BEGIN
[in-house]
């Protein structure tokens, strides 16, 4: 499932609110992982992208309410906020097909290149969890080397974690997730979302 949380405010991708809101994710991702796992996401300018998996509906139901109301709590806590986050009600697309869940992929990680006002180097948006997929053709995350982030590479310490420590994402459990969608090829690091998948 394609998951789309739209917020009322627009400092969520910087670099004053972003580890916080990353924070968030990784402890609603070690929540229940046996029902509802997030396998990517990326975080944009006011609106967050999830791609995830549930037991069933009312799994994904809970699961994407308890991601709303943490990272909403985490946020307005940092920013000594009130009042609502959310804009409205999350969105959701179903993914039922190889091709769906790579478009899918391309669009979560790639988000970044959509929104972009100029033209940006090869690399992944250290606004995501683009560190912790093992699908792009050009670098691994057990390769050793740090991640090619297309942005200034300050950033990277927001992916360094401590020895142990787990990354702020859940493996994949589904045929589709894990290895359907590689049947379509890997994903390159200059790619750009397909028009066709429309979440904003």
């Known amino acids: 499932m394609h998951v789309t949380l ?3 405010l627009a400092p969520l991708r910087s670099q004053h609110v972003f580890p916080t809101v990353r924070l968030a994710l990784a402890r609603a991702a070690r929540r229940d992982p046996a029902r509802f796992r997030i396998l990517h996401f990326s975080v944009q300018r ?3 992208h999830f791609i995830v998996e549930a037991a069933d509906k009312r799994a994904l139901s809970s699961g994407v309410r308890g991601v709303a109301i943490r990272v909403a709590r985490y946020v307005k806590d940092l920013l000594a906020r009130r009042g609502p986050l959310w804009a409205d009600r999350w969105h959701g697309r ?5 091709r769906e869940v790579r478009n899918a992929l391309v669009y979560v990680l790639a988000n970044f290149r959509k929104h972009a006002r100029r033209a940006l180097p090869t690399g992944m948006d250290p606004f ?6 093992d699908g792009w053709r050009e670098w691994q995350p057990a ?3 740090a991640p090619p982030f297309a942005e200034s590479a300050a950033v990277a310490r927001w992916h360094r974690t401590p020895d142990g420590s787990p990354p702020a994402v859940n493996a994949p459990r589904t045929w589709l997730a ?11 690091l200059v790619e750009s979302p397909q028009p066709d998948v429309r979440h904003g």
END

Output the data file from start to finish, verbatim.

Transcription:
[in-house]
């Protein structure tokens, strides 16, 4: 499932609110992982992208309410906020097909290149969890080397974690997730979302 949380405010991708809101994710991702796992996401300018998996509906139901109301709590806590986050009600697309869940992929990680006002180097948006997929053709995350982030590479310490420590994402459990969608090829690091998948 394609998951789309739209917020009322627009400092969520910087670099004053972003580890916080990353924070968030990784402890609603070690929540229940046996029902509802997030396998990517990326975080944009006011609106967050999830791609995830549930037991069933009312799994994904809970699961994407308890991601709303943490990272909403985490946020307005940092920013000594009130009042609502959310804009409205999350969105959701179903993914039922190889091709769906790579478009899918391309669009979560790639988000970044959509929104972009100029033209940006090869690399992944250290606004995501683009560190912790093992699908792009050009670098691994057990390769050793740090991640090619297309942005200034300050950033990277927001992916360094401590020895142990787990990354702020859940493996994949589904045929589709894990290895359907590689049947379509890997994903390159200059790619750009397909028009066709429309979440904003």
């Known amino acids: 499932m394609h998951v789309t949380l ?3 405010l627009a400092p969520l991708r910087s670099q004053h609110v972003f580890p916080t809101v990353r924070l968030a994710l990784a402890r609603a991702a070690r929540r229940d992982p046996a029902r509802f796992r997030i396998l990517h996401f990326s975080v944009q300018r ?3 992208h999830f791609i995830v998996e549930a037991a069933d509906k009312r799994a994904l139901s809970s699961g994407v309410r308890g991601v709303a109301i943490r990272v909403a709590r985490y946020v307005k806590d940092l920013l000594a906020r009130r009042g609502p986050l959310w804009a409205d009600r999350w969105h959701g697309r ?5 091709r769906e869940v790579r478009n899918a992929l391309v669009y979560v990680l790639a988000n970044f290149r959509k929104h972009a006002r100029r033209a940006l180097p090869t690399g992944m948006d250290p606004f ?6 093992d699908g792009w053709r050009e670098w691994q995350p057990a ?3 740090a991640p090619p982030f297309a942005e200034s590479a300050a950033v990277a310490r927001w992916h360094r974690t401590p020895d142990g420590s787990p990354p702020a994402v859940n493996a994949p459990r589904t045929w589709l997730a ?11 690091l200059v790619e750009s979302p397909q028009p066709d998948v429309r979440h904003g």